Tuesday, December 22, 2020

A Productive Pandemic

Sorry I’ve been MIA, but I’ve been working on about a thousand final papers and projects. Speaking of which, I was feeling uninspired so I decided I’d talk about productivity during a global pandemic. More specifically, why the productivity that should be expected is completely different now than it was before.

Way back in March, when all this craziness started out, people were posting things online about how we should all be creating our own personal side hustles and get six packs and cleaning our lives up. And if your brain and body had the capacity to do that, then that’s awesome and I am proud of you. However, that’s just unreasonable. Most of those things are not what people would do in normal life, because they were busy with other stuff or just not motivated to do them. But a pandemic is not just a fun little vacation where we all got an extra spring break. Some people were dealing with deficits in their jobs or access to their families or -- here’s a kicker -- actually getting COVID! 

For me, only my schooling really changed from an outside perspective, but we all went through a collective trauma this year, and dealing with this isn’t relaxing. Sure, taking a day off from school is nice, but having your entire educational layout change and still being expected to learn as easily seems like a lot to ask. So no, I don’t think we all need to hop on our productivity wagons and fly to the moon. If you managed to survive and make it through this pandemic so far, then I think you’re doing just fine.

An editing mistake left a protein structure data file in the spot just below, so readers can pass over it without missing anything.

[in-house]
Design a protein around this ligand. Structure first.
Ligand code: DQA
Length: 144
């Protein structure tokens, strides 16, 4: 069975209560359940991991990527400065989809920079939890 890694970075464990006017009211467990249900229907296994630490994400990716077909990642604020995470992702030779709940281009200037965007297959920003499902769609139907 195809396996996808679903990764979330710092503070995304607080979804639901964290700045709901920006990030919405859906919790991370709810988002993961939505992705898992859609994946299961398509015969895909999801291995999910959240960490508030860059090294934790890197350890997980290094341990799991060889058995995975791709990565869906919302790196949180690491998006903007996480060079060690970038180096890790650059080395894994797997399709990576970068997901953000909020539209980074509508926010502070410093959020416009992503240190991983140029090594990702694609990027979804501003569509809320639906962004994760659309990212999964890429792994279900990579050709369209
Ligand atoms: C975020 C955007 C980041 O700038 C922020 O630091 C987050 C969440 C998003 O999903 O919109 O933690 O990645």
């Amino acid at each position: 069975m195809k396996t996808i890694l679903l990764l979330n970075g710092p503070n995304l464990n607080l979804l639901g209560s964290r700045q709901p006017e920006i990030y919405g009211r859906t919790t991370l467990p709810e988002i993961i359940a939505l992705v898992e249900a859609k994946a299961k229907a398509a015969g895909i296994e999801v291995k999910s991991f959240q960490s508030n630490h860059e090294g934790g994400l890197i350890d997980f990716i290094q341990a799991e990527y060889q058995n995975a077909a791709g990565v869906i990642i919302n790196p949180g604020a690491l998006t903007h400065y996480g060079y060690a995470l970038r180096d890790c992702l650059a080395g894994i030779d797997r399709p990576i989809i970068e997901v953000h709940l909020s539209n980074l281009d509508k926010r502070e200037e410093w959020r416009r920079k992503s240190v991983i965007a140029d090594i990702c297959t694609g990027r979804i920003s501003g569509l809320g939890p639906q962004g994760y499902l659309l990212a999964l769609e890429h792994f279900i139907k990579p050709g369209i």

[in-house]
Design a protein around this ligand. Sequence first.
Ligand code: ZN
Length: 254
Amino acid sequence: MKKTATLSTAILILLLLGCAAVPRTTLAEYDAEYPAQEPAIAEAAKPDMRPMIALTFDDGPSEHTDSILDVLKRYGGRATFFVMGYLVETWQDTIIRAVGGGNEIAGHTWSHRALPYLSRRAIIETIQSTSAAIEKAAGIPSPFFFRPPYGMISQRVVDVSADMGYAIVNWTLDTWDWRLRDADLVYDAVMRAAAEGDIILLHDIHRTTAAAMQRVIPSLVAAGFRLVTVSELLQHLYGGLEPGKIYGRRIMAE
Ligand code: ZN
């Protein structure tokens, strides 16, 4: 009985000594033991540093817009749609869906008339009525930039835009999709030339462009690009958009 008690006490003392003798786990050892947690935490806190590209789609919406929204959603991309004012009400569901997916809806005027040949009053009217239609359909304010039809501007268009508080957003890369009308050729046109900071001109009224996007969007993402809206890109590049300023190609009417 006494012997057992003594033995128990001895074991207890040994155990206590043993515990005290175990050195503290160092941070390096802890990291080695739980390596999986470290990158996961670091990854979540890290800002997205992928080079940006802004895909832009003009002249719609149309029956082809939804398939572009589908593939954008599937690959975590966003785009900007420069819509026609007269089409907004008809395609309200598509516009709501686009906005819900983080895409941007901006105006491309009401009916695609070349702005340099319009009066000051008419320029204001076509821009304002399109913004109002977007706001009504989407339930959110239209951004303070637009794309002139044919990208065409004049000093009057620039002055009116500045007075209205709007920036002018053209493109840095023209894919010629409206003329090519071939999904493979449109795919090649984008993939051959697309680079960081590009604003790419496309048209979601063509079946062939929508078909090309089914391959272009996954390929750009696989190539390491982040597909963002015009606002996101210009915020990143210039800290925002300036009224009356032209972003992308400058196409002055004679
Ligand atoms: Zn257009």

One thing I noticed with my classes this fall was that there were a lot more assignments than the classes I took had traditionally had in past years. What was confusing about this was that we all still had to attend the classes for the normal length of time that we would’ve if the classes were in-person, we just didn’t have to walk to different buildings in between. I understand that professors have to do something to keep track of our work, but this feels extraneous. For example, my friend who is a freshman at my university took the same big Psych class that I took last year when I was a freshman. When I took the class, we had 3 prelims (which are basically midterms) and then a final, and they dropped your lowest prelim grade. However, when my friend took it this fall, she had weekly assignments to turn in so that the TAs could keep track of her work (or something like that). The problem is, I know for a fact that there were some people last fall who did not attend a single in-person lecture for that class, and then came in for the prelims having studied the textbook, and passed the class with flying colors. So what I don’t understand is why now, in this even more stressful and draining time, they are adding more assignments to a class that would have been even less monitored in normal, non-crazy life. It seems a little counterintuitive.

In the end, I am proud of each and every person who made it through this semester or this year, and I cannot wait to get stuck with a vaccine and then pretend this was all some crazy fever dream.


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